Topics covered in the course include:
This course is designed for professionals or volunteers who currently work with or will work with Hispanic communities in schools, hospitals, parishes, community-based organizations or other nonprofits, or other settings where you are interacting with Latinos.
There is a language and a cultural component to the course. The language component enables one to learn basic conversational skills and elemental phrases to better communicate with Spanish-speaking persons. Good pronunciation, listening and speaking skills are emphasized. The cultural component emphasizes the spirituality, customs and traditions of Hispanics.
Note: No prior experience in Spanish is necessary.
September 20 – November 29, 2016
Tuesdays, 3–5 p.m.
September 20 – November 29, 2016
Tuesdays, 6–8 p.m.
This follow-up course to Spanish Language and Culture (Part 1) continues to emphasize good pronunciation and speaking skills. It provides greater emphasis on grammar, especially the past tense, in order to increase conversational skills. There will be a continued cultural component to deepen understanding of the Hispanic community.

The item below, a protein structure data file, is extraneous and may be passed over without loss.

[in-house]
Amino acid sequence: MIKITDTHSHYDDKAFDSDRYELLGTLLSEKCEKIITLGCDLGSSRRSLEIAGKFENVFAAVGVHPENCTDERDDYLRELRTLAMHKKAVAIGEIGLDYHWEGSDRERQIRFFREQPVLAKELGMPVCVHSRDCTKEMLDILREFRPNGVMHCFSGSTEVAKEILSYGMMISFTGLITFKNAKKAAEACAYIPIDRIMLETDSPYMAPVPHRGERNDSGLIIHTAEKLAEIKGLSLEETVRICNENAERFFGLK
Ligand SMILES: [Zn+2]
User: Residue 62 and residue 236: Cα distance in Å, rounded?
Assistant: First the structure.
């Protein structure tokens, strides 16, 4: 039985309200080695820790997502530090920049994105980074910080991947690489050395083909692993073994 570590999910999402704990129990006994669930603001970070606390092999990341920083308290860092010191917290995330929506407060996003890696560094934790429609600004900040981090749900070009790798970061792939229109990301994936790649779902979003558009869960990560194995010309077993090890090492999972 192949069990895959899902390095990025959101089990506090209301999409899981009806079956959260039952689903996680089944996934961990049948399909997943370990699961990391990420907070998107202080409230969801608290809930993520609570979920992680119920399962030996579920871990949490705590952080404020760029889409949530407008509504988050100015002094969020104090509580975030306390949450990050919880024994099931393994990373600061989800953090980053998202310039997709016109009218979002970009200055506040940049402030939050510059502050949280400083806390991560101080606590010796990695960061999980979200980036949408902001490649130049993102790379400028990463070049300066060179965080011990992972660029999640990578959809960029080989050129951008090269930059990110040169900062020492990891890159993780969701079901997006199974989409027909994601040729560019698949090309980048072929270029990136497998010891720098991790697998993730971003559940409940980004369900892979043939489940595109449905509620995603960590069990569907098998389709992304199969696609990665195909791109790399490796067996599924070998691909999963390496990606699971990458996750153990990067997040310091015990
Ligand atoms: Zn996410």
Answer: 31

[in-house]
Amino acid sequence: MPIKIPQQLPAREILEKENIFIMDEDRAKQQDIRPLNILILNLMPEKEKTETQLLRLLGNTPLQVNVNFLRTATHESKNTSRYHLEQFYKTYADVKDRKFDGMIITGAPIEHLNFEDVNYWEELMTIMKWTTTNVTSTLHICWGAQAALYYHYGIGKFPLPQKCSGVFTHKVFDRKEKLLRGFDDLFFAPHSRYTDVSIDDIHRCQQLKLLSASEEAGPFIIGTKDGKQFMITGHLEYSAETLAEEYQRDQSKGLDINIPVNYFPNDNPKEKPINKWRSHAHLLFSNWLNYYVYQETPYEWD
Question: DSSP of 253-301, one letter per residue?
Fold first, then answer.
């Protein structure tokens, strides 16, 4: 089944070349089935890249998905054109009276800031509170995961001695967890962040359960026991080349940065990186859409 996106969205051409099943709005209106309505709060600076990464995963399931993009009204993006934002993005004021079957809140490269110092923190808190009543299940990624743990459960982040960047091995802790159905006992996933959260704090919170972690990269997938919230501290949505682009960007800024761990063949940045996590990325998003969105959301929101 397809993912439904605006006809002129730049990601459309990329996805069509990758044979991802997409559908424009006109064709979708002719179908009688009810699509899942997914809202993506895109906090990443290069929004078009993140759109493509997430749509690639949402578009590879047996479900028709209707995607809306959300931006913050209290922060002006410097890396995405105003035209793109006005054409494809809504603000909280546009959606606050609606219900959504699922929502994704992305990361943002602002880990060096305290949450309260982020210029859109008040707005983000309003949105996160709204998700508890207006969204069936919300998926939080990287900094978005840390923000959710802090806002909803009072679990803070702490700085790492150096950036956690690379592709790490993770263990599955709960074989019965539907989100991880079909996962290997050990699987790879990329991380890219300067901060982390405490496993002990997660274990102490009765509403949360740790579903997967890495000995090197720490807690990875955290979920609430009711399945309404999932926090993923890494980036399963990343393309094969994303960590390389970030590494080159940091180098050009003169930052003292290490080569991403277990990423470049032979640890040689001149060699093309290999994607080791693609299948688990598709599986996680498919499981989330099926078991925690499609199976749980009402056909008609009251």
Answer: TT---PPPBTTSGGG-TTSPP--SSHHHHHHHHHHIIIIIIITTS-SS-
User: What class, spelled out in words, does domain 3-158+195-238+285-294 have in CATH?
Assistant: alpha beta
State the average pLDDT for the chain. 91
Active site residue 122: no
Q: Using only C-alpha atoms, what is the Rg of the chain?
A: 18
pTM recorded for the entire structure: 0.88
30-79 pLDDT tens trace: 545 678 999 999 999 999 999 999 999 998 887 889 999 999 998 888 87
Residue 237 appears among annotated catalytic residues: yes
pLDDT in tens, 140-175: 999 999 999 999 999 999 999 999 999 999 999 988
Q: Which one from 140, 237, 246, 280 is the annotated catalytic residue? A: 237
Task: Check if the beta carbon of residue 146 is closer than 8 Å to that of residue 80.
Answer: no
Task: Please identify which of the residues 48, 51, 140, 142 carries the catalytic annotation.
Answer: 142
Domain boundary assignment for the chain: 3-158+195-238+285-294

Prerequisite: Part 1 of the course, LSP 101, 102 or equivalent
September 19 – November 21, 2016
Mondays, 4–6 p.m.
In Part 3, the emphasis is on listening and speaking skills. It stresses using the language in practical, conversational ways, drawing on the needs and experiences of the participants. There will be a continued grammar and cultural component.
Prerequisite: Part 2 of the course or equivalent.
September 21 – November 30, 2016
Wednesdays, 3-5 p.m.
Senior Nursing Major
I am a Nursing student at Notre Dame of Maryland University and every Monday I race back to campus from my clinical placement for Spanish Language and Culture class. I can see how class is helping me become a better advocate for the needs of my Hispanic patients and helping me to communicate with them and put them at ease.
Some patients seem to be marked off as anxious, erratic, maybe a little confused simply because there is a lack of time and meaningful conversation with them. A little Hola or something like Soy una estudiante de enfermería, and even ¿Está bien? makes a world of a difference.
Improving my Spanish is giving me access to a part of our community that I find fascinating. The Latina woman conveniently right next to you at the grocery store, the Hispanic toddler speaking at 100 words a minute in a language you don’t understand, and that graying gentleman laying in the hospital bed hold a world of culture waiting to be shared. All you need, as I have learned in Sister Linda’s class, is to “ride the bus” along with them. “Ride the bus” is her way of encouraging us to take a risk, and use our Spanish! No matter how little you speak, you really can and do make a difference.